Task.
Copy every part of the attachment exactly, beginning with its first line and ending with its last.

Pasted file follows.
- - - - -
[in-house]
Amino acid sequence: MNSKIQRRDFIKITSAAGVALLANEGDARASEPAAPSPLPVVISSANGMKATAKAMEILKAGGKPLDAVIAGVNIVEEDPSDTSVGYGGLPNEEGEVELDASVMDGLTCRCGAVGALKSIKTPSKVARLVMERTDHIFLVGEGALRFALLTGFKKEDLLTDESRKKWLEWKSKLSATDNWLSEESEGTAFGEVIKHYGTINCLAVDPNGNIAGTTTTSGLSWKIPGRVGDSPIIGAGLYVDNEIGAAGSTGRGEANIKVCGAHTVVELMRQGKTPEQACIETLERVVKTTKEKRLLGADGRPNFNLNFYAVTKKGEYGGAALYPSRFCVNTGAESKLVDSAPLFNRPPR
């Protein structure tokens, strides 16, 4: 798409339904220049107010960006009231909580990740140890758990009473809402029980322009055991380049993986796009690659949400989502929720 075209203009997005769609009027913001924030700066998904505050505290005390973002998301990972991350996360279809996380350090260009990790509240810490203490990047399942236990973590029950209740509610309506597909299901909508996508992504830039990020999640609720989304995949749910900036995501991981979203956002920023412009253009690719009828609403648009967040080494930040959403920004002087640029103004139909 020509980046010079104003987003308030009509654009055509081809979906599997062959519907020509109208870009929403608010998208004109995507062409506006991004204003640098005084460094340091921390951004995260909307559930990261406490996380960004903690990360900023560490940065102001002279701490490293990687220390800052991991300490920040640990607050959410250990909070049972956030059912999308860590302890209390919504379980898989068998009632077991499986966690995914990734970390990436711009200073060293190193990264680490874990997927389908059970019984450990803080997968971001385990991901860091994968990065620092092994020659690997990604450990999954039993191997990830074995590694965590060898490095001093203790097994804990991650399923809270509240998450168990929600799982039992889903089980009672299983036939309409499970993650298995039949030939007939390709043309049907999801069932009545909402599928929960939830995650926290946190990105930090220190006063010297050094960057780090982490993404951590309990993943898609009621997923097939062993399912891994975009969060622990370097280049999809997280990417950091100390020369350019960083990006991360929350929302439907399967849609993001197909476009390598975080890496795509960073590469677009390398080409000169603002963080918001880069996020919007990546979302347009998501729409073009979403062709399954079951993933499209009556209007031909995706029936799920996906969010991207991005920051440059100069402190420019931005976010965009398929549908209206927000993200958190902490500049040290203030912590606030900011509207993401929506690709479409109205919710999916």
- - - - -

[in-house]
Amino acid sequence: MNSKIQRRDFIKITSAAGVALLANEGDARASEPAAPSPLPVVISSANGMKATAKAMEILKAGGKPLDAVIAGVNIVEEDPSDTSVGYGGLPNEEGEVELDASVMDGLTCRCGAVGALKSIKTPSKVARLVMERTDHIFLVGEGALRFALLTGFKKEDLLTDESRKKWLEWKSKLSATDNWLSEESEGTAFGEVIKHYGTINCLAVDPNGNIAGTTTTSGLSWKIPGRVGDSPIIGAGLYVDNEIGAAGSTGRGEANIKVCGAHTVVELMRQGKTPEQACIETLERVVKTTKEKRLLGADGRPNFNLNFYAVTKKGEYGGAALYPSRFCVNTGAESKLVDSAPLFNRPPR
């Protein structure tokens, strides 16, 4: 798409339904220049107010960006009231909580990740140890758990009473809402029980322009055991380049993986796009690659949400989502929720 075209203009997005769609009027913001924030700066998904505050505290005390973002998301990972991350996360279809996380350090260009990790509240810490203490990047399942236990973590029950209740509610309506597909299901909508996508992504830039990020999640609720989304995949749910900036995501991981979203956002920023412009253009690719009828609403648009967040080494930040959403920004002087640029103004139909 020509980046010079104003987003308030009509654009055509081809979906599997062959519907020509109208870009929403608010998208004109995507062409506006991004204003640098005084460094340091921390951004995260909307559930990261406490996380960004903690990360900023560490940065102001002279701490490293990687220390800052991991300490920040640990607050959410250990909070049972956030059912999308860590302890209390919504379980898989068998009632077991499986966690995914990734970390990436711009200073060293190193990264680490874990997927389908059970019984450990803080997968971001385990991901860091994968990065620092092994020659690997990604450990999954039993191997990830074995590694965590060898490095001093203790097994804990991650399923809270509240998450168990929600799982039992889903089980009672299983036939309409499970993650298995039949030939007939390709043309049907999801069932009545909402599928929960939830995650926290946190990105930090220190006063010297050094960057780090982490993404951590309990993943898609009621997923097939062993399912891994975009969060622990370097280049999809997280990417950091100390020369350019960083990006991360929350929302439907399967849609993001197909476009390598975080890496795509960073590469677009390398080409000169603002963080918001880069996020919007990546979302347009998501729409073009979403062709399954079951993933499209009556209007031909995706029936799920996906969010991207991005920051440059100069402190420019931005976010965009398929549908209206927000993200958190902490500049040290203030912590606030900011509207993401929506690709479409109205919710999916």